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20th Jan '16 5:08:20 PM jamespolk
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* InTheFutureEveryoneWillBeFamous: In this one it's Thomas Edison, who has already come up with the idea of the light bulb as he waits to be born.
20th Jan '16 3:02:21 PM jamespolk
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!!!This play contains examples of:

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!!!This !!This play contains examples of:



!!!The 1940 version includes examples of:

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!!!The !!The 1940 version includes examples of:
20th Jan '16 3:01:28 PM jamespolk
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* BluebirdOfHappiness: The kids are looking for it.



* ChekhovsGun: The big one turns out to be the children's pet bird. Less importantly, the children's father is a woodcutter, and the tree spirits of the forest -- already bitter with mankind's dominance over them -- are ''not'' happy to meet them as a result.

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* ChekhovsGun: The big one turns out to be the children's pet bird.bird, which is revealed in the end to be the Blue Bird.. Less importantly, the children's father is a woodcutter, and the tree spirits of the forest -- already bitter with mankind's dominance over them -- are ''not'' happy to meet them as a result.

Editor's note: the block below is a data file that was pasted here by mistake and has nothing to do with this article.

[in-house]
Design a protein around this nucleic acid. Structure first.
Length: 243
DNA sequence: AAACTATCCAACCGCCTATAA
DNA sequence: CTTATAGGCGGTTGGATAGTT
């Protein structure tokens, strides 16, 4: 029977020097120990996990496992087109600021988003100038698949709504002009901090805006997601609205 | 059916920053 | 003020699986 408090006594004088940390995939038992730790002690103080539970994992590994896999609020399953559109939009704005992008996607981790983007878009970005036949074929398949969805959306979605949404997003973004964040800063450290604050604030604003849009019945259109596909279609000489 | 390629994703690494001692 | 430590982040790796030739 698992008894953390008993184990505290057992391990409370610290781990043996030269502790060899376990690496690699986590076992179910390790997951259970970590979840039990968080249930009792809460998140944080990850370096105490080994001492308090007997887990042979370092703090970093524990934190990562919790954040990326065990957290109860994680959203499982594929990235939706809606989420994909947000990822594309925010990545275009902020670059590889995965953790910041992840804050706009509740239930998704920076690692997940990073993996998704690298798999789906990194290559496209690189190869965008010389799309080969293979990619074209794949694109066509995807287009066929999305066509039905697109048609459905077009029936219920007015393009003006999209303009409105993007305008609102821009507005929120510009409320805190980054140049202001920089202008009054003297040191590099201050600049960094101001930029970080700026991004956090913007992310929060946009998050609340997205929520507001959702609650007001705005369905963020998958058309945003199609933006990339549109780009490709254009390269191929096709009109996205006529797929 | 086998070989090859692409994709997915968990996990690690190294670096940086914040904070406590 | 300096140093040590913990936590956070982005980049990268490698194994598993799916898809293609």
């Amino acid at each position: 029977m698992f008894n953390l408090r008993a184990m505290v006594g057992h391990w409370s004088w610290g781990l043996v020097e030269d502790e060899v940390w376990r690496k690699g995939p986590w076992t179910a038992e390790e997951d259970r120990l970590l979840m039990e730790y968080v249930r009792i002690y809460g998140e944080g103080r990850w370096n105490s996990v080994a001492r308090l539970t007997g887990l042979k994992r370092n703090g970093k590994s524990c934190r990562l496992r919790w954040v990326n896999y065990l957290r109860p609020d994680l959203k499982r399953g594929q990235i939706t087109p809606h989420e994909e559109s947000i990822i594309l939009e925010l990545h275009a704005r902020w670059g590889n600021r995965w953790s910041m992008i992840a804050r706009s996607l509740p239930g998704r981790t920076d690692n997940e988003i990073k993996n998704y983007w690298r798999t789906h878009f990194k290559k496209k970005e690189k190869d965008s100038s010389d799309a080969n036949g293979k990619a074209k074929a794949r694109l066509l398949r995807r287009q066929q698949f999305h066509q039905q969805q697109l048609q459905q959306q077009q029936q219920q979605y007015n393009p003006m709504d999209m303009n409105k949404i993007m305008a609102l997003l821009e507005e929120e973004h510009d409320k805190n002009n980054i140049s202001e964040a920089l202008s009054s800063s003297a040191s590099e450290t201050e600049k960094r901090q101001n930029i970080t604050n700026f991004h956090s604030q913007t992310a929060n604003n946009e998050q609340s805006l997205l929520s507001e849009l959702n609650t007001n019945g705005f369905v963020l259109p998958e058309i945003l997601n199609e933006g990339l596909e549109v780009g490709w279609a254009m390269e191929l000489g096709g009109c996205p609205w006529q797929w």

!!The 1918 version includes examples of:

* InfantImmortality: Averted. When Mytyl and Tyltyl meet the spirits of their grandparents, they also meet the spirits of their half-dozen dead siblings, all of whom died very young.



* ChekhovsGun: In this version, the bird Mytyl catches at the beginning turns out to be the Blue Bird.
5th Nov '15 12:16:14 AM PaulA
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* BillingDisplacement: Tyltyl and Mytyl (Todd Lookinland and Patsy Kensit) are billed ninth and tenth in the opening credits, and after the title to boot. Moreover, while Elizabeth Taylor's top billing makes sense (given her LoadsAndLoadsOfRoles and their relevance to the plot), and U.S. viewers of the time would certainly recognize her fellow American actresses in important supporting roles, the four Russian performers credited before the title all play ''much'' smaller roles. (Oleg Popov, as "The Clown" at the Palace of Luxury, is just TheCameo played up because he was the star of the Moscow Circus well into TheEighties.) Given the nature of the production, this was probably mandated so that the Russian side of it would not be marginalized.
5th Sep '15 7:01:04 PM nombretomado
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The 1918 film version, starring Tula Belle as Mytyl and Robin Macdougall as Tyltyl, is less well remembered today, but was inducted into the NationalFilmRegistry in 2002.

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The 1918 film version, starring Tula Belle as Mytyl and Robin Macdougall as Tyltyl, is less well remembered today, but was inducted into the NationalFilmRegistry UsefulNotes/NationalFilmRegistry in 2002.
5th Apr '15 10:44:40 AM jamespolk
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Added DiffLines:

* CreepyCrows: A squawking crow lends atmosphere when the kids go into the graveyard to look for the Blue Bird.